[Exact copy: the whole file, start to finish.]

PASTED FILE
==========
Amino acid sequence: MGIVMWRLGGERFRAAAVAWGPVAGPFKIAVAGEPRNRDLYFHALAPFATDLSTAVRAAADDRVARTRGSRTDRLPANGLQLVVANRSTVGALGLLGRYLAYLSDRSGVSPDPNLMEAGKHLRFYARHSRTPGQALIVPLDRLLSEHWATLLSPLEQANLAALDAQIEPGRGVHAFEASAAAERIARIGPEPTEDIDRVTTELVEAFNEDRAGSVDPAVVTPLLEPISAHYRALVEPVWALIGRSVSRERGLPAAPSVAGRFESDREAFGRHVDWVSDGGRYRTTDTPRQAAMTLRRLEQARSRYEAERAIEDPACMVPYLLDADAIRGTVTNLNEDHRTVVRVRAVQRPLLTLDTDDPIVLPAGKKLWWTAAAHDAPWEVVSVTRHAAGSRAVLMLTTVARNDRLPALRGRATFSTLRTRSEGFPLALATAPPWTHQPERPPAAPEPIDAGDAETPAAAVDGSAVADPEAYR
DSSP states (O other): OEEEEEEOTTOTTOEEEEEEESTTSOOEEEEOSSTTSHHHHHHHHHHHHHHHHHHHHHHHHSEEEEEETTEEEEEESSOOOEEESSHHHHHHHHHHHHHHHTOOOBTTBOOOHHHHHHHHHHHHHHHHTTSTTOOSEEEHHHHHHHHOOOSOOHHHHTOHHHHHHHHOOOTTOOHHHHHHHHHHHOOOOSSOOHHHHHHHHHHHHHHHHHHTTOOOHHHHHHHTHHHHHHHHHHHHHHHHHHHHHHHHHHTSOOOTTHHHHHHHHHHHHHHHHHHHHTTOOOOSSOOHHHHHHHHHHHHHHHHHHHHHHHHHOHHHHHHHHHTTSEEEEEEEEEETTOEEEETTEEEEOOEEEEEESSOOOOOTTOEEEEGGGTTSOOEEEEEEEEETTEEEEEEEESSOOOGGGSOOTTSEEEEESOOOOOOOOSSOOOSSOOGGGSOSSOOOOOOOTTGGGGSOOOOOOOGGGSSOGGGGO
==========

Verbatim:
Amino acid sequence: MGIVMWRLGGERFRAAAVAWGPVAGPFKIAVAGEPRNRDLYFHALAPFATDLSTAVRAAADDRVARTRGSRTDRLPANGLQLVVANRSTVGALGLLGRYLAYLSDRSGVSPDPNLMEAGKHLRFYARHSRTPGQALIVPLDRLLSEHWATLLSPLEQANLAALDAQIEPGRGVHAFEASAAAERIARIGPEPTEDIDRVTTELVEAFNEDRAGSVDPAVVTPLLEPISAHYRALVEPVWALIGRSVSRERGLPAAPSVAGRFESDREAFGRHVDWVSDGGRYRTTDTPRQAAMTLRRLEQARSRYEAERAIEDPACMVPYLLDADAIRGTVTNLNEDHRTVVRVRAVQRPLLTLDTDDPIVLPAGKKLWWTAAAHDAPWEVVSVTRHAAGSRAVLMLTTVARNDRLPALRGRATFSTLRTRSEGFPLALATAPPWTHQPERPPAAPEPIDAGDAETPAAAVDGSAVADPEAYR
DSSP states (O other): OEEEEEEOTTOTTOEEEEEEESTTSOOEEEEOSSTTSHHHHHHHHHHHHHHHHHHHHHHHHSEEEEEETTEEEEEESSOOOEEESSHHHHHHHHHHHHHHHTOOOBTTBOOOHHHHHHHHHHHHHHHHTTSTTOOSEEEHHHHHHHHOOOSOOHHHHTOHHHHHHHHOOOTTOOHHHHHHHHHHHOOOOSSOOHHHHHHHHHHHHHHHHHHTTOOOHHHHHHHTHHHHHHHHHHHHHHHHHHHHHHHHHHTSOOOTTHHHHHHHHHHHHHHHHHHHHTTOOOOSSOOHHHHHHHHHHHHHHHHHHHHHHHHHOHHHHHHHHHTTSEEEEEEEEEETTOEEEETTEEEEOOEEEEEESSOOOOOTTOEEEEGGGTTSOOEEEEEEEEETTEEEEEEEESSOOOGGGSOOTTSEEEEESOOOOOOOOSSOOOSSOOGGGSOSSOOOOOOOTTGGGGSOOOOOOOGGGSSOGGGGO